Population Status

Credit: Shirley Szeto

The present table was last updated in 2023. The status table is updated whenever new information is available that is reviewed by the PBSG membership, but not more frequent than once per year. Click on a subpopulation below to explore the latest statistics.

  • Long term change: ≥2 polar bear generations (≥23 yr)
  • Short term change: ~1 polar bear generation (11.5 yr)
  • Change in date of spring/fall sea-ice: Change in date of spring sea-ice retreat (days per decade) / change in date of fall sea-ice advance (days per decade)
  • Change in summer sea ice area: Percent change per decade
  • Human-Caused Removals 5-year mean potential: Bears per year
  • Human-Caused Removals 5-year mean actual: Bears per year

Subpopulation estimate and uncertaintySubpopulation estimate methodLast estimateLong term changeShort term changeChange in date of spring/fall sea-iceChange in summer sea ice areaHuman-Caused Removals 5-year mean potentialHuman-Caused Removals 5-year mean actual
UnknownN/AN/AData deficientData deficient-14.9 / +11.9-7.7N/AN/A

The AB subpopulation is a geographic designation to account for polar bears occurring in the most northern areas of the circumpolar Arctic that are not clearly part of other subpopulations. The total number of bears that use the AB region, and whether these bears are residents or transients, is unknown.

Subpopulation estimate and uncertaintySubpopulation estimate methodLast estimateLong term changeShort term changeChange in date of spring/fall sea-iceChange in summer sea ice areaHuman-Caused Removals 5-year mean potentialHuman-Caused Removals 5-year mean actual
2826 (95% CI = 2284–3367)Genetic capture-recapture
(estimated)
2013 (Atkinson et al. 2021)Data deficientData deficient-5.6/ +4.1-21.5160 (NU:80+GL:80)144.2 (5.1%)

Due to evidence that the sampling design and environmental conditions likely resulted in an underestimate of abundance in the 1990s, the estimates of abundance for the 1990s and 2010s are not directly comparable and trend cannot be determined. Satellite telemetry analyses comparing movements of adult females in 1990s to 2000s indicate reduced seasonal ranges, increased isolation, 30+ days more on land on Baffin Island in summer, reduced body condition, reduced cub recruitment with early sea-ice breakup, and increased swimming.

Subpopulation estimate and uncertaintySubpopulation estimate methodLast estimateLong term changeShort term changeChange in date of spring/fall sea-iceChange in summer sea ice areaHuman-Caused Removals 5-year mean potentialHuman-Caused Removals 5-year mean actual
2644 (95% CI = 1899–3592)Distance sampling
(estimated)
2004 (Aars et al. 2009)Very likely increased (1973-2015)Likely stable
(2004 to 2015)
-13.5/ +18.7-23.5N/AN/A

There has been no legal hunting of polar bears in Russia since 1957 and in Norway since 1973. Different sources of demographic studies suggest the population grew steadily after 1973, and at least until recently (ca. 2015; Aars et al. 2017). Recent habitat decline has led to late sea-ice formation in autumn around some important denning habitat, and in such years few females den in these areas. Den distribution may have shifted from east Svalbard to Franz Josef Land in most years. In 2015, the Norwegain portion of the subpopulation was surveyed. It was indicated that the number of local bears in Svalbard was similar to in 2004, and that more bears were on the pack ice. Possibly, bears could have shifted westward from Russian to Norwegian areas in the pack ice, thus an increase is not conclusive over the last generation. There is no evidence of large scale reduction in body condition.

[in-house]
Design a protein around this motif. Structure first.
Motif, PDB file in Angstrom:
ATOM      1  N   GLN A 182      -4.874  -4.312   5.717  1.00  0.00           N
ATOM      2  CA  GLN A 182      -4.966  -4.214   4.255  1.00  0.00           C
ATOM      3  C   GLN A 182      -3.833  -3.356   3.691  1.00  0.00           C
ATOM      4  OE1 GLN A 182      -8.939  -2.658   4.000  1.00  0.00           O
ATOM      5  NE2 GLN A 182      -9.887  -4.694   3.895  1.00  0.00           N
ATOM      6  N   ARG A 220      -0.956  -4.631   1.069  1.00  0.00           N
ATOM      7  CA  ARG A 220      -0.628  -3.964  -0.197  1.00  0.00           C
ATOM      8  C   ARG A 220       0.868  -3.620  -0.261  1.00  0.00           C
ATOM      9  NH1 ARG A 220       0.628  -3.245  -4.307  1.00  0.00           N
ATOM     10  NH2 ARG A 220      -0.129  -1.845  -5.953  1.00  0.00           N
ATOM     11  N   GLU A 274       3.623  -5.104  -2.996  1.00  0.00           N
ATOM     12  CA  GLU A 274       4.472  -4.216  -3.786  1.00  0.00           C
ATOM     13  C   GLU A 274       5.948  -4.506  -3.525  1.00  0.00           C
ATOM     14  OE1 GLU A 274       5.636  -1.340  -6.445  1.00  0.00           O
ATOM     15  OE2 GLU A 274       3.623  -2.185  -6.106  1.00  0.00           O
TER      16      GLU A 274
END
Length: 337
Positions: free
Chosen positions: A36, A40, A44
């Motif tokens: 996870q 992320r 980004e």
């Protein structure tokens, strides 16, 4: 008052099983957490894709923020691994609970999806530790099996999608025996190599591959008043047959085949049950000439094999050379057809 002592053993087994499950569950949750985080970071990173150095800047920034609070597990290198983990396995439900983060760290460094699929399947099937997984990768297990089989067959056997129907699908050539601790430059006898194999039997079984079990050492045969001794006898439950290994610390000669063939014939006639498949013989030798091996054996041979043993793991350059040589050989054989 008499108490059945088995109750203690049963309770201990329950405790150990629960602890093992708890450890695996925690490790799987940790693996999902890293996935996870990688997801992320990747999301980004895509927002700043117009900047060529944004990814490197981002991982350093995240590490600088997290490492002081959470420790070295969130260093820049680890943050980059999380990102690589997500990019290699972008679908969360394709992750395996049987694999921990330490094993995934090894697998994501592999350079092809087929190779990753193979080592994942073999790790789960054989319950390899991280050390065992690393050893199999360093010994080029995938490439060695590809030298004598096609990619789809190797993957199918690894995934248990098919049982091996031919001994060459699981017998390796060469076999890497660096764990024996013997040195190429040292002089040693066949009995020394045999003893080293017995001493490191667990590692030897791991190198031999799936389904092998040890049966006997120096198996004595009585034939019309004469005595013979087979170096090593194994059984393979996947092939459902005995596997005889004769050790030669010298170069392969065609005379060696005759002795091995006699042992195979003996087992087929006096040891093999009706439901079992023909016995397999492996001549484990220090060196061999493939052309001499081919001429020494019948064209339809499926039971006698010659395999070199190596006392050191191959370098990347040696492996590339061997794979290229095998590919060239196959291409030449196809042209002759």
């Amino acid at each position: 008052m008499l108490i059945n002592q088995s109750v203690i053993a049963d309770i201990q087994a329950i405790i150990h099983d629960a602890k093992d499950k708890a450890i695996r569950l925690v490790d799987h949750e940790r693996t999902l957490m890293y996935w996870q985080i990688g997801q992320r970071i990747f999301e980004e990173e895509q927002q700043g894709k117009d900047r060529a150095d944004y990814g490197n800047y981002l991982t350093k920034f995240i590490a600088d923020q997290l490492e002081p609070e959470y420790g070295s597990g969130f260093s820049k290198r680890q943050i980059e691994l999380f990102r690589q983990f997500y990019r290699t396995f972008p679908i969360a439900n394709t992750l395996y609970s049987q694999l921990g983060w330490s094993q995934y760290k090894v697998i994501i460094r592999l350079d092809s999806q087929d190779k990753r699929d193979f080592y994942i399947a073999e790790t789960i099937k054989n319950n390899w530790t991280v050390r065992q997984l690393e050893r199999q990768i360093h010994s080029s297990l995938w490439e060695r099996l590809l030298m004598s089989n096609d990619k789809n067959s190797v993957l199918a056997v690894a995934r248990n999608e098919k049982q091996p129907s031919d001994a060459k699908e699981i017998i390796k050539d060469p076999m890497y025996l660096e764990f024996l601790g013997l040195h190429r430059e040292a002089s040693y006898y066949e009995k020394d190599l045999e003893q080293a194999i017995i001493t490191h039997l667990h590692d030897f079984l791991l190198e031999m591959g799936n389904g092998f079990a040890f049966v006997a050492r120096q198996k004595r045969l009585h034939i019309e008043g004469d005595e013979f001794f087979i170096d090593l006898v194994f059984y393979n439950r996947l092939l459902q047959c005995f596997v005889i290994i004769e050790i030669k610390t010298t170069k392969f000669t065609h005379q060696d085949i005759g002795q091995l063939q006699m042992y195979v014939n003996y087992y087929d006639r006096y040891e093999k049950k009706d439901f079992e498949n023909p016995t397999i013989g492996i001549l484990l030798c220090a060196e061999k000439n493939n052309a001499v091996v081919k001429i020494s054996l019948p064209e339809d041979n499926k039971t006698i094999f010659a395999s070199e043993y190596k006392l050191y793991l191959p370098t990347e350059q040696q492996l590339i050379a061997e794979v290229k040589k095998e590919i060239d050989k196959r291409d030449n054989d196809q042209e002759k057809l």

Subpopulation estimate and uncertaintySubpopulation estimate methodLast estimateLong term changeShort term changeChange in date of spring/fall sea-iceChange in summer sea ice areaHuman-Caused Removals 5-year mean potentialHuman-Caused Removals 5-year mean actual
2937 (95% CI = 1552–5944)Physical capture-recapture with density extrapolation (estimated/projected)2016 (Regehr et al. 2018a)Data DeficientLikely stable
(2008 to 2016)
-6.2 / +6.9-31.585 (changed from 58 in July 2018)12.4 (0.4%) in U.S. + approx. 32 (1.1%) in Russia

Estimate of subpopulation trend is from Regehr et al. (2018b). Independent estimates of abundance from a 2016 aerial survey (Conn et al. 2021) are larger than, but of similar magnitude to, the estimate of 2,937 from Regehr et al. (2018a). Indices of of body condition and recruitment from springtime research have been good, although autumn observations from 2004–2010 may suggest declining cub survival. Longer ice-free periods are increasing land use. Subsistence harvest is legal and monitored in the US. Harvest remains illegal and un-monitored in Russia.

Subpopulation estimate and uncertaintySubpopulation estimate methodLast estimateLong term changeShort term changeChange in date of spring/fall sea-iceChange in summer sea ice areaHuman-Caused Removals 5-year mean potentialHuman-Caused Removals 5-year mean actual
2015 (95% CRI = 1603–2588)Genetic capture-recapture
(estimated)
2018 (Dyck et al. 2022)Data deficientLikely decreased (2007 - 2018)-5.8/ +7.3-21.4QC + 76 (NU:61+NL:12+GL:3)66.8 (3.3%)

Management objective to slightly decrease the subpopulation from the Nunavut jurisdiction resulted in increases to harvest quotas and an increase in harvesting in Quebec, where reporting is not mandatory, which may have contributed to the slight decline. Most recent analysis did not detect links between survival and various ice conditions in the study period (2005-2018). Longer ice-free periods may be increasing land use and driving concerns of increases in human-wildlife conflict.